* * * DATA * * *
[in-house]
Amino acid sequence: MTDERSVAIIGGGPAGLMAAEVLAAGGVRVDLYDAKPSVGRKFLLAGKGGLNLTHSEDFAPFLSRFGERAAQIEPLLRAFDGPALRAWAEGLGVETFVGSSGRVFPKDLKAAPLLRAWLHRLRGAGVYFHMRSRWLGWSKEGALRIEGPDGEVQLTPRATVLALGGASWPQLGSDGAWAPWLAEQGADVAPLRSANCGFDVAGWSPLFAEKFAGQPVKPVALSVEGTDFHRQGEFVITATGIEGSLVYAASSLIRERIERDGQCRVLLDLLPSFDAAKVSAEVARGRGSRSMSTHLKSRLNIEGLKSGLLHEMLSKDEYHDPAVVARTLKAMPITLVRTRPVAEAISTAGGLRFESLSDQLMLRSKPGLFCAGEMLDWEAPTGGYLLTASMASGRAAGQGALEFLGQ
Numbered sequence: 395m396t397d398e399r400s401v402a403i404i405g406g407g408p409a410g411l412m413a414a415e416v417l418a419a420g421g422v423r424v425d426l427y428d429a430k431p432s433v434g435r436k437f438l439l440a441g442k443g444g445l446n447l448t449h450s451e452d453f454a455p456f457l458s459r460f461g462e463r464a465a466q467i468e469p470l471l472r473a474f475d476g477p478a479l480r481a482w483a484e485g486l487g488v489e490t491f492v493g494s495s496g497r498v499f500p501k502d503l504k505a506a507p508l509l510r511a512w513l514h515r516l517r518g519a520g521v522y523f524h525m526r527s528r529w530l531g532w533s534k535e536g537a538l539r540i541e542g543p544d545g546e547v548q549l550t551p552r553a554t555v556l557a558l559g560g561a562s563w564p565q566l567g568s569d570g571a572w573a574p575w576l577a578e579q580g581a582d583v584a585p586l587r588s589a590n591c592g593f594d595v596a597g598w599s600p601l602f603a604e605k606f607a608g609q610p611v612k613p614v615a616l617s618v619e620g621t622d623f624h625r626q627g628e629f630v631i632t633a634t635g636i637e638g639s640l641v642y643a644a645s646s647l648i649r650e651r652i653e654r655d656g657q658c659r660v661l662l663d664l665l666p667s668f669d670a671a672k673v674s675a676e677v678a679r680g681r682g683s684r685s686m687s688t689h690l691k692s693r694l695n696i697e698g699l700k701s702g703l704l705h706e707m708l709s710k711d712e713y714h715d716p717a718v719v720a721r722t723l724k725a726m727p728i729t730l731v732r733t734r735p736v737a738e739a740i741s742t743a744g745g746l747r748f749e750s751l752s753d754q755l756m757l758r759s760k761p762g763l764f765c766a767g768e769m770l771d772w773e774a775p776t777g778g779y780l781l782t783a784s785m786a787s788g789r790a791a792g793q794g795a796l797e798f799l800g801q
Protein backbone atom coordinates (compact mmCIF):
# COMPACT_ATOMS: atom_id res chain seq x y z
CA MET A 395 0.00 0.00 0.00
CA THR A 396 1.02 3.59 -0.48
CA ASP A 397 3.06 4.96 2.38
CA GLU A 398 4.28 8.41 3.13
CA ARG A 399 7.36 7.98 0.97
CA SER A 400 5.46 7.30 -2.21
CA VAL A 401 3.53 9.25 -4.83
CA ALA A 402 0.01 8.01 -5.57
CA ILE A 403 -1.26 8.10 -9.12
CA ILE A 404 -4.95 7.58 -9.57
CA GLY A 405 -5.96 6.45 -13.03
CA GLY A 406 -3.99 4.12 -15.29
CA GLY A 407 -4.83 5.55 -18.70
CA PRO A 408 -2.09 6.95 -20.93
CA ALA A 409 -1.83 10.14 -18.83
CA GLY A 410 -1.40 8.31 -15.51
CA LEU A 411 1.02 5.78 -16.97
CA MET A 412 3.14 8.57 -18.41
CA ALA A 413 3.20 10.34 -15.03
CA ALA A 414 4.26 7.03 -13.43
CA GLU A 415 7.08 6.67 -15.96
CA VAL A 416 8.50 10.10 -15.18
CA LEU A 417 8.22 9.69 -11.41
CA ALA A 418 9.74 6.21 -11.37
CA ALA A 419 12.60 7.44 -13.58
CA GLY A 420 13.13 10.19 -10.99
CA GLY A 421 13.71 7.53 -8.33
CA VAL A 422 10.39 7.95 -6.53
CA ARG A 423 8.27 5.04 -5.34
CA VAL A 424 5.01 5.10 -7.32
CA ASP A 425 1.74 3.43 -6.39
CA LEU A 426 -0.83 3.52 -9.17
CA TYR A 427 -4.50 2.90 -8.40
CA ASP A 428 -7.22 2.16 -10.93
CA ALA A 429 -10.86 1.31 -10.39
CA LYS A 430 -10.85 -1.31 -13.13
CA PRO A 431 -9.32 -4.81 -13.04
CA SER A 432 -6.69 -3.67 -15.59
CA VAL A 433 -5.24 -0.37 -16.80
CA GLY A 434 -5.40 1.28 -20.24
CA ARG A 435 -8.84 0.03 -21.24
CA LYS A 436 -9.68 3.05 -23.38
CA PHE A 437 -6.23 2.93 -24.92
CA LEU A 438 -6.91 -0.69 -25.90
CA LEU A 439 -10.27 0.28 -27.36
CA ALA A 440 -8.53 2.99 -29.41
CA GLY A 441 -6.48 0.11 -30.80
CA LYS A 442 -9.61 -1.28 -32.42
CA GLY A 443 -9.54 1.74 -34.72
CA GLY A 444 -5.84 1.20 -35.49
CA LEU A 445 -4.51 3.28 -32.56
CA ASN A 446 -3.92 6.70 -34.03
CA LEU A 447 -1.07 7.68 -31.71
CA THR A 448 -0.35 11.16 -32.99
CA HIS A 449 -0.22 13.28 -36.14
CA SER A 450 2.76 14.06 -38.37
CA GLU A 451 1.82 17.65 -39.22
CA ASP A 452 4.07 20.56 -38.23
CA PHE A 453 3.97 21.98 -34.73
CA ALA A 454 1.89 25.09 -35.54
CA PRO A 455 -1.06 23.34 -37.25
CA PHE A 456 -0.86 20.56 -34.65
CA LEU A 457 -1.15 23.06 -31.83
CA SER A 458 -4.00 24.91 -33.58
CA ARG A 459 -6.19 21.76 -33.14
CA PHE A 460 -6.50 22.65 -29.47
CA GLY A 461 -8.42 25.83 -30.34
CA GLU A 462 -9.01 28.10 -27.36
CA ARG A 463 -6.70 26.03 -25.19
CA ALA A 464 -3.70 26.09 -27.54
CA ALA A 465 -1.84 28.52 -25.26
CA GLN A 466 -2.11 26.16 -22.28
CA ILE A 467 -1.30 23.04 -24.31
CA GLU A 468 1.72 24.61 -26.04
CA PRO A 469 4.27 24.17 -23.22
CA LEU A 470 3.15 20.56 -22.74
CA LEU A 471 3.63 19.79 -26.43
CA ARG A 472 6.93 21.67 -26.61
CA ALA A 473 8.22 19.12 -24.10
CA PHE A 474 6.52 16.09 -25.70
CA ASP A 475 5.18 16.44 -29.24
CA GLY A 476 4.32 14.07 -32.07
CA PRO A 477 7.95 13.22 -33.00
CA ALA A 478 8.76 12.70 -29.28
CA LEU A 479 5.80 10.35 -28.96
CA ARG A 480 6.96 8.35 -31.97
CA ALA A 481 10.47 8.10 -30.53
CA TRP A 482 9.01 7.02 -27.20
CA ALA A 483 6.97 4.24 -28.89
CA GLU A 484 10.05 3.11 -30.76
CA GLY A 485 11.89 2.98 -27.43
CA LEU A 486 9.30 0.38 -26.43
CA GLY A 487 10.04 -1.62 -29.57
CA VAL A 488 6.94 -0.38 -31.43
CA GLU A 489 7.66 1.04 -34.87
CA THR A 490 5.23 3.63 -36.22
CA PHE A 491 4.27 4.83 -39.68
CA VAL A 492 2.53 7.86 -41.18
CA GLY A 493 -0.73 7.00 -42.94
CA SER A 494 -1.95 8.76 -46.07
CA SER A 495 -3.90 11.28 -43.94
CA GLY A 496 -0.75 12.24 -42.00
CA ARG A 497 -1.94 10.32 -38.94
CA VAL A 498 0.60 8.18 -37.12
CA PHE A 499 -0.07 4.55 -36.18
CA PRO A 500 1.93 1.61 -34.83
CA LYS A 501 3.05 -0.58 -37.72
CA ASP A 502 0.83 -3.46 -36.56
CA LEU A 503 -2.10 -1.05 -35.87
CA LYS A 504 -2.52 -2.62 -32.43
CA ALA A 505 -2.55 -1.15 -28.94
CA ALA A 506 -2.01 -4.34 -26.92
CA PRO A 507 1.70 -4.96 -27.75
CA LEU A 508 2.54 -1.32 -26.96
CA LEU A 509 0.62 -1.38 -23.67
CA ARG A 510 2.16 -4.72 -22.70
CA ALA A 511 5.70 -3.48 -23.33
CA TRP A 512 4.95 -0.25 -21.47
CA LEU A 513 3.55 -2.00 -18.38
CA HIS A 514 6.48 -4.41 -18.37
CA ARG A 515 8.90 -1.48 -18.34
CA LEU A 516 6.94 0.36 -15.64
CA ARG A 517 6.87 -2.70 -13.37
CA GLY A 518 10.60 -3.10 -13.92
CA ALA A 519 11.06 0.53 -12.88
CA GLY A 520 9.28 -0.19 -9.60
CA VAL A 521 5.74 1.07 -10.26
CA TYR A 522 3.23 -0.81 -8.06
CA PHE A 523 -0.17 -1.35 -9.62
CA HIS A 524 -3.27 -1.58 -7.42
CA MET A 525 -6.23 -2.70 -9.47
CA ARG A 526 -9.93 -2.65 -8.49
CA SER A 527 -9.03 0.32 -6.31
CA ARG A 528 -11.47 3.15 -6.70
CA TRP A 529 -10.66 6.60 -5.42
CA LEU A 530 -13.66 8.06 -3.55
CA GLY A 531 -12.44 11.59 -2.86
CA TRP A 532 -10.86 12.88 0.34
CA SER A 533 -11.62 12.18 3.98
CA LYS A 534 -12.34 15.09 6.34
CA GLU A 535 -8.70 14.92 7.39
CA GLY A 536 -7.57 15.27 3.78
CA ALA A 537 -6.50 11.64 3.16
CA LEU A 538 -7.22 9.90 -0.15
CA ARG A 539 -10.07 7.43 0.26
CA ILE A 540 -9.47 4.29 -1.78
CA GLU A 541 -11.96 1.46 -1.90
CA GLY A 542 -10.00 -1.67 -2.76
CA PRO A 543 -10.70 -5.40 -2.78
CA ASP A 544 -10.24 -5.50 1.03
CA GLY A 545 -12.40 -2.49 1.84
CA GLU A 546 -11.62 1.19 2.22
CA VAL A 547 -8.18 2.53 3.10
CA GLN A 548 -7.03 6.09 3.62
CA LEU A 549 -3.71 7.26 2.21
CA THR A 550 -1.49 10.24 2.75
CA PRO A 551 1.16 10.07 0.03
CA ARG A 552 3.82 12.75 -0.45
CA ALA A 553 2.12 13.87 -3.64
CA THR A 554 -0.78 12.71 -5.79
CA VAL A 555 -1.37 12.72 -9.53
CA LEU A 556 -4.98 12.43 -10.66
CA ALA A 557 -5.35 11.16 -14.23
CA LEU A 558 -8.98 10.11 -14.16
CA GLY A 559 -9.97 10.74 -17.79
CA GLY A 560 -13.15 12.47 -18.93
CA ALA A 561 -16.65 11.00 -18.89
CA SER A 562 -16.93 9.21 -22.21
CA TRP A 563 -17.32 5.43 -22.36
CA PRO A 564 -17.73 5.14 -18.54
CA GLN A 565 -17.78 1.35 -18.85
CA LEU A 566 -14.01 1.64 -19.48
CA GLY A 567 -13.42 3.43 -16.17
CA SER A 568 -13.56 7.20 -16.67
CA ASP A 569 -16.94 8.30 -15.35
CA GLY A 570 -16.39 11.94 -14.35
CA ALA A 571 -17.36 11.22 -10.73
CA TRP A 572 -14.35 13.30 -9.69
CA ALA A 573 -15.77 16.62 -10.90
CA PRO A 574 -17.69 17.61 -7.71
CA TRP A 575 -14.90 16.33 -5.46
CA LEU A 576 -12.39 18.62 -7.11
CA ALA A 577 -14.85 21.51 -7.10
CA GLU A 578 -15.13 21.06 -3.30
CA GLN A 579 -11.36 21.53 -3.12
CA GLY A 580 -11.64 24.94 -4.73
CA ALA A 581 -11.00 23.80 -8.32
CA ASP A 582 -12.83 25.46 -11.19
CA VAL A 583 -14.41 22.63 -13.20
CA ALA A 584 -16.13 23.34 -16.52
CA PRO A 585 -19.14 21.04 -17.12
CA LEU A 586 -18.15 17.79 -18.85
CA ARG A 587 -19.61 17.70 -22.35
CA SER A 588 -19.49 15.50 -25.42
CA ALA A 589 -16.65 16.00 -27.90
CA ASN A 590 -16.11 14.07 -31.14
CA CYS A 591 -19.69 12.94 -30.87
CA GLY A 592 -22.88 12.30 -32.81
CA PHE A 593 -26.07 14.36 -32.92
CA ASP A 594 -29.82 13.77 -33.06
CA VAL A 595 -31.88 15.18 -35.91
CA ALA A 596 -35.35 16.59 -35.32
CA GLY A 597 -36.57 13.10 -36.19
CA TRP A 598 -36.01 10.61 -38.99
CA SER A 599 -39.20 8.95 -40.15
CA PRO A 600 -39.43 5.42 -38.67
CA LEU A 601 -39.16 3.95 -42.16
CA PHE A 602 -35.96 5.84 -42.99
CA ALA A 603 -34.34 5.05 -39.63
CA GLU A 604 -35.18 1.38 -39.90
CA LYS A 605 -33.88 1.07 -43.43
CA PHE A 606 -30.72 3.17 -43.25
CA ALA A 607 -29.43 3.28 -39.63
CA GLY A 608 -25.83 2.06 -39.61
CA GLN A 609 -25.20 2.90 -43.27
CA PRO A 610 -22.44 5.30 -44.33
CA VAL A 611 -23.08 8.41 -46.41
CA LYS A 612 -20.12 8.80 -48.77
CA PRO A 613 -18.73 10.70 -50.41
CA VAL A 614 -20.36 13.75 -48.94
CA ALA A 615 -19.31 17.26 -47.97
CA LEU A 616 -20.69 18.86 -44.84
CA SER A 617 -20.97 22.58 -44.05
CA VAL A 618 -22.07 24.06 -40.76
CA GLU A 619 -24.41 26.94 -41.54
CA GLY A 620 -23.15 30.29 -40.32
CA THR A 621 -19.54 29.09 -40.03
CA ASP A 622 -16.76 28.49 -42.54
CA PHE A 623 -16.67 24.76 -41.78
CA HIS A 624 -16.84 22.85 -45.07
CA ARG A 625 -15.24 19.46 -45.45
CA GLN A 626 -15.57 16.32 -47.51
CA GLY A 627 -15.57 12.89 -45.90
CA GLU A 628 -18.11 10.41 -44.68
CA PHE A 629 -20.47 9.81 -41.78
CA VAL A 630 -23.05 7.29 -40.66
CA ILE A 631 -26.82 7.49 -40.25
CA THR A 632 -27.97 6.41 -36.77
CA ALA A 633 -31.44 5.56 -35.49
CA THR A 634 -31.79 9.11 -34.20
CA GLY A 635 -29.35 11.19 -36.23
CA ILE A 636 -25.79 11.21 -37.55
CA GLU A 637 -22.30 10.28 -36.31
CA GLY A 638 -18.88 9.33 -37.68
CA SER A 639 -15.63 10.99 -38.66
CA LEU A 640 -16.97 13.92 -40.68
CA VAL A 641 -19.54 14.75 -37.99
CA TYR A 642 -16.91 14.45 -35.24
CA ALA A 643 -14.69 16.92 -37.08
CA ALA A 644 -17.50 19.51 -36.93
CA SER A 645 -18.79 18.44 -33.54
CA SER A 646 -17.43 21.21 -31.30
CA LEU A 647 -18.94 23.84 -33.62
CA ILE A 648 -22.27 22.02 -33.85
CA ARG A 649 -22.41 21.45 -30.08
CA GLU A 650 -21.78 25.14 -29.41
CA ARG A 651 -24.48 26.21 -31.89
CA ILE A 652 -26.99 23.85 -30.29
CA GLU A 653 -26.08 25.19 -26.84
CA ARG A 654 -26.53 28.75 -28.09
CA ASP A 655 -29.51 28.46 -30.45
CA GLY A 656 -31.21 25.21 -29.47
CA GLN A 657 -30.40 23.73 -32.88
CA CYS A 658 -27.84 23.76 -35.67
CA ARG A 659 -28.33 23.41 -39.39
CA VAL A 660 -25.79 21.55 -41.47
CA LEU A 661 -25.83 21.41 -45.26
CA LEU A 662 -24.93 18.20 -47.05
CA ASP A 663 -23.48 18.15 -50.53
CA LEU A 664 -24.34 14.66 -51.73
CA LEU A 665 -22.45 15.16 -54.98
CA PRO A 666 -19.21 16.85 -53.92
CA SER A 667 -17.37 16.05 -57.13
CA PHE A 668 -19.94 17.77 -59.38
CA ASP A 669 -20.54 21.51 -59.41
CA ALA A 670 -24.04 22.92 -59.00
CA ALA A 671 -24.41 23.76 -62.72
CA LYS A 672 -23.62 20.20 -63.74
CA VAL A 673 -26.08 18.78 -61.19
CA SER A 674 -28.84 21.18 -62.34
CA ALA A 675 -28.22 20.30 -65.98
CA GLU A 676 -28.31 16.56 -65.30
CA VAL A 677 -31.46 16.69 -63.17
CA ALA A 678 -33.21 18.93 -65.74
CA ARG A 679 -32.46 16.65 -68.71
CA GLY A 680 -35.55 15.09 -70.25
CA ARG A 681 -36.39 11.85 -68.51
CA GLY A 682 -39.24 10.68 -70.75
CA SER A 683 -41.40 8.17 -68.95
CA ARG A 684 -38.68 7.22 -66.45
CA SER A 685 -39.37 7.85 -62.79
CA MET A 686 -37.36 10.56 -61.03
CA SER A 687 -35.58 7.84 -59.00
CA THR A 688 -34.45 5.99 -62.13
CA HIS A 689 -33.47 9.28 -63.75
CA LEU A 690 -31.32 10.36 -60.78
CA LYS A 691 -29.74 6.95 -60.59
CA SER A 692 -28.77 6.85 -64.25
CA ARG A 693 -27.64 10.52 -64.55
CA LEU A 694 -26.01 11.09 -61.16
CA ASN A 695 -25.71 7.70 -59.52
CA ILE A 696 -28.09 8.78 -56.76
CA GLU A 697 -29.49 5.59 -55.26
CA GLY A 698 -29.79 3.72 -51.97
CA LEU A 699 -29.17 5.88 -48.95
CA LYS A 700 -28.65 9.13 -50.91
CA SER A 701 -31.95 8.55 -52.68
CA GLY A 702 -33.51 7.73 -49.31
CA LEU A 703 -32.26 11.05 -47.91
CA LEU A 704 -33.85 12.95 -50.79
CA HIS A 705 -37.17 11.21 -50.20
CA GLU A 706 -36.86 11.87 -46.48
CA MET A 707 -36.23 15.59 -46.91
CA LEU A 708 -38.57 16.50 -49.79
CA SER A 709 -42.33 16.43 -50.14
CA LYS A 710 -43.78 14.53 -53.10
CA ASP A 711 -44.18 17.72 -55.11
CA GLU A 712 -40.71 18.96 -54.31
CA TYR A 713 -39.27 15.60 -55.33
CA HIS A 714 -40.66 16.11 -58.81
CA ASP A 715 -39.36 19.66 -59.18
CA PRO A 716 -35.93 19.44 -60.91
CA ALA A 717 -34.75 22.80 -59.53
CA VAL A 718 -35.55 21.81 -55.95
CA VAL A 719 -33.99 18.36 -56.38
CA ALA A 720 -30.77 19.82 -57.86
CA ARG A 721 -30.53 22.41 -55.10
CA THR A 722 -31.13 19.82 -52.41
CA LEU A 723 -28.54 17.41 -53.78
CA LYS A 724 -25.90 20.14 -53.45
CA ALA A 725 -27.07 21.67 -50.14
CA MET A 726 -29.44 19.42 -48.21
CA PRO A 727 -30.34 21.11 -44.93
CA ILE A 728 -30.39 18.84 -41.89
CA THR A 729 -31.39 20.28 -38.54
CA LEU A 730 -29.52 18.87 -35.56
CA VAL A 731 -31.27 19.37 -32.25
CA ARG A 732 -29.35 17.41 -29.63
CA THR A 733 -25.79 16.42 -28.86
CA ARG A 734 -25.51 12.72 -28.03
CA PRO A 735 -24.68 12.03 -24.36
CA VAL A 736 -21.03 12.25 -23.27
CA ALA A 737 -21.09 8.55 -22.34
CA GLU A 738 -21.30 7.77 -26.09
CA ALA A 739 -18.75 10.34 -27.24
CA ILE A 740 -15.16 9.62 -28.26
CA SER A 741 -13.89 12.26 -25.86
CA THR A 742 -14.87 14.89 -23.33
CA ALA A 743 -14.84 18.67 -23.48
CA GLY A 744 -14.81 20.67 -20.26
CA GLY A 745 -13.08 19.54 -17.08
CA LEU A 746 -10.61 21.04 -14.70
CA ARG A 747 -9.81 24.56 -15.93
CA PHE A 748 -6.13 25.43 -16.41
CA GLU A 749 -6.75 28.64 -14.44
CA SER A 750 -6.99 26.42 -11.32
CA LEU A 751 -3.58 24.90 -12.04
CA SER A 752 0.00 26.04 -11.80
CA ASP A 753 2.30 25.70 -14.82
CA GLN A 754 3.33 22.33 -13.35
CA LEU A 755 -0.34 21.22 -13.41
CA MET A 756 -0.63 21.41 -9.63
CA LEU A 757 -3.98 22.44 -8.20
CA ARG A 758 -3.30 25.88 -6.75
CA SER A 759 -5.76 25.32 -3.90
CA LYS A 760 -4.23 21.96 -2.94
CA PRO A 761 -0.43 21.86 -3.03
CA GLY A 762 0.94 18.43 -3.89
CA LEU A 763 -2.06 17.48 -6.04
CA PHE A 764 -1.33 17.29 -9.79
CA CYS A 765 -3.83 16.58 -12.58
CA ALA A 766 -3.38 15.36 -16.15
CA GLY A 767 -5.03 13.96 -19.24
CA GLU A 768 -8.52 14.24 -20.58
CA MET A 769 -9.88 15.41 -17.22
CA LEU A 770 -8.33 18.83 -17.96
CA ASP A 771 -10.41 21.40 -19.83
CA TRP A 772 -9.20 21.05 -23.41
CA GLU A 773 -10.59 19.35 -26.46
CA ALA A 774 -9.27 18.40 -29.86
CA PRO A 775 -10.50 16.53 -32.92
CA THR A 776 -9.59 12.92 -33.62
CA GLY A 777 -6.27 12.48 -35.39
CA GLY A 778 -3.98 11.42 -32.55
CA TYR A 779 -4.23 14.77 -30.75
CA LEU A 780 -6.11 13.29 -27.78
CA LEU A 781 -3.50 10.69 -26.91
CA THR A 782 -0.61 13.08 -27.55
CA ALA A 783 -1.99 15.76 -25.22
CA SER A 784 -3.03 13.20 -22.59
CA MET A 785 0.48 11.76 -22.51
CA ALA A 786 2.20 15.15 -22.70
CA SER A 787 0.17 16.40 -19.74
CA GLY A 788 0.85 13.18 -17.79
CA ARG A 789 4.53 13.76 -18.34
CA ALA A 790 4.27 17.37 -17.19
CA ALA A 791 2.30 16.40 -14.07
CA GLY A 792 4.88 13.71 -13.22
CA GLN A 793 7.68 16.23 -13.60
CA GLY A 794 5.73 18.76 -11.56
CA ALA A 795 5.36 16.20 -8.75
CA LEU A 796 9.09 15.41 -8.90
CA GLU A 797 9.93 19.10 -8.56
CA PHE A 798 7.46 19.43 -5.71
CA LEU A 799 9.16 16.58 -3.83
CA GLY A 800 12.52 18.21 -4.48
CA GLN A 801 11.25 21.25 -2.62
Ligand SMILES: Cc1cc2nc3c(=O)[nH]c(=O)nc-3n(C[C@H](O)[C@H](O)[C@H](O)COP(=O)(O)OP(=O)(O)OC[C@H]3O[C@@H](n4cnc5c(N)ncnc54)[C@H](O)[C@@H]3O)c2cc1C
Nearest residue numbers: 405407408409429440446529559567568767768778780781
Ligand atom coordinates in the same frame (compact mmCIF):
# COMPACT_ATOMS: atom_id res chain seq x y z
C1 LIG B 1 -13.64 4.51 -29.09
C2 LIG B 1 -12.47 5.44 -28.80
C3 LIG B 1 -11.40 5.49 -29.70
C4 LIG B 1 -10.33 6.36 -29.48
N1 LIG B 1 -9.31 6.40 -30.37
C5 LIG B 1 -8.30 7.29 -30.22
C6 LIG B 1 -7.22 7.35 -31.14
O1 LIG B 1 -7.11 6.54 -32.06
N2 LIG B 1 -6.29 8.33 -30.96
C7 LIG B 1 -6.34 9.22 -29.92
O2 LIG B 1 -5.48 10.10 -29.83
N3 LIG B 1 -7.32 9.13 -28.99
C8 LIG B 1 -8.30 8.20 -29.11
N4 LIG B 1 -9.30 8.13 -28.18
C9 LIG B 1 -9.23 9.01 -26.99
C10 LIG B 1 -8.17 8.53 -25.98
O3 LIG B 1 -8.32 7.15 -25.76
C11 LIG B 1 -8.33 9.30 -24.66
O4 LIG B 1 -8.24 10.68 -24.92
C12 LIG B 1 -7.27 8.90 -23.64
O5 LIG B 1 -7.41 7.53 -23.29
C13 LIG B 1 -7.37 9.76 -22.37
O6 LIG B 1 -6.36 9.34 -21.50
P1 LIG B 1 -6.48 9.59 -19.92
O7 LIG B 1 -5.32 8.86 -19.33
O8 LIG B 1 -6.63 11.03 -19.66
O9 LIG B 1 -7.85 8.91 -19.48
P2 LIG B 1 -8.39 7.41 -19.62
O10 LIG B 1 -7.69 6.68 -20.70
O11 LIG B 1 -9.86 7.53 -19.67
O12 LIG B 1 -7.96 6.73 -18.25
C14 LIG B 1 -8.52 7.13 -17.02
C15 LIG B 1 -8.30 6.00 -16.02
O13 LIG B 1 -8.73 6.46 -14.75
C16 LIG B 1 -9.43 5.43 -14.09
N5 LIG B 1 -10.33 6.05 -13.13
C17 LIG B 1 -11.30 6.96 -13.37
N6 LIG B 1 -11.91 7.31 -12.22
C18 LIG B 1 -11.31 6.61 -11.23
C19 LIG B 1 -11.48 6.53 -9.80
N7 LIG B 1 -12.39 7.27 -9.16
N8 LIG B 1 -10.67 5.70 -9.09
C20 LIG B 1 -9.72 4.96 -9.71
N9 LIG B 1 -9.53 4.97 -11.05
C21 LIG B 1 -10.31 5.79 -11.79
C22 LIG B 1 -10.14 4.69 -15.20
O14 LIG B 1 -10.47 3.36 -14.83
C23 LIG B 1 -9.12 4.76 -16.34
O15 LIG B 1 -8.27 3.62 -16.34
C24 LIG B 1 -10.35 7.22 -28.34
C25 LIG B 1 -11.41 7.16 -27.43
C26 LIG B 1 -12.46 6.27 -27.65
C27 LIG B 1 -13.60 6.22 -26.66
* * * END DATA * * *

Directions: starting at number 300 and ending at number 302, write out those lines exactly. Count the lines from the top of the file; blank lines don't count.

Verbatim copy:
CA HIS A 689 -33.47 9.28 -63.75
CA LEU A 690 -31.32 10.36 -60.78
CA LYS A 691 -29.74 6.95 -60.59